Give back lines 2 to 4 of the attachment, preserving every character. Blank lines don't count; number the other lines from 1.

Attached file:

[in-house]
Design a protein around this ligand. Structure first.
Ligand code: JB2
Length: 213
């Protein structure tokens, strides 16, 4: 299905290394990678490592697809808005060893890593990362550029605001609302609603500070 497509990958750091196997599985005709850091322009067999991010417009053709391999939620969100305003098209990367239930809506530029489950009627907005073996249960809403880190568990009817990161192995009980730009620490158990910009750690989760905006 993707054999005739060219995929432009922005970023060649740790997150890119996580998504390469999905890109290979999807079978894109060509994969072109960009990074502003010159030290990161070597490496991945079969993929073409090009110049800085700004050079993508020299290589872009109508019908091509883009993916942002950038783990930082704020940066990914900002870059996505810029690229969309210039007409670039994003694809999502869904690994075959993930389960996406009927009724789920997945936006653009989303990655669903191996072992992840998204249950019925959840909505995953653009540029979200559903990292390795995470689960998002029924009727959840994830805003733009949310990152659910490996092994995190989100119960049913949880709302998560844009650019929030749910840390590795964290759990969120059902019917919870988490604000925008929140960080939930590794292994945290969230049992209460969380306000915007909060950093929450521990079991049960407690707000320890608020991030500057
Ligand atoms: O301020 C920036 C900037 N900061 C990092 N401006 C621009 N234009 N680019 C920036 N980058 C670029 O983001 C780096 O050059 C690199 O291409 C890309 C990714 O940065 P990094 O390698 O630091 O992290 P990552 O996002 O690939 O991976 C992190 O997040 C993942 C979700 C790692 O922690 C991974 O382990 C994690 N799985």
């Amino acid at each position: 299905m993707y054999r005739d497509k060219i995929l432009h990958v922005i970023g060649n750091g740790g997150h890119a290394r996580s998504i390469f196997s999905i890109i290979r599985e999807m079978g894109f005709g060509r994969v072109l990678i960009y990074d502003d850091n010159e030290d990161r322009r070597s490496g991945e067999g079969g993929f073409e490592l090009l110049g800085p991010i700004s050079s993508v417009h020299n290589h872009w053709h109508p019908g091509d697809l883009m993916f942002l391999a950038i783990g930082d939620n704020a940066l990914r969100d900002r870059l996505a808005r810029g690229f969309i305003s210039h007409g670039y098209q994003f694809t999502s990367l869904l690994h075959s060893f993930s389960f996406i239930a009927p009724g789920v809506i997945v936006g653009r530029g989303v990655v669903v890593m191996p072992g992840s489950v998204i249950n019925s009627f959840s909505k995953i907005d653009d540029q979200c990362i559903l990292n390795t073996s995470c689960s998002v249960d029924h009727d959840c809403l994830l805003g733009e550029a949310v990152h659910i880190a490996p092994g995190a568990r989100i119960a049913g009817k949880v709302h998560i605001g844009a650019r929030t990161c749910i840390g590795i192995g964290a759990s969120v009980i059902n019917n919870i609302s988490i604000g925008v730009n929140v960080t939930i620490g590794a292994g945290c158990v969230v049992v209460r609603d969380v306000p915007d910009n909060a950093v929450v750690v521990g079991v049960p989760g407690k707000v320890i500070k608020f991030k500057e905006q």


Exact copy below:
Design a protein around this ligand. Structure first.
Ligand code: JB2
Length: 213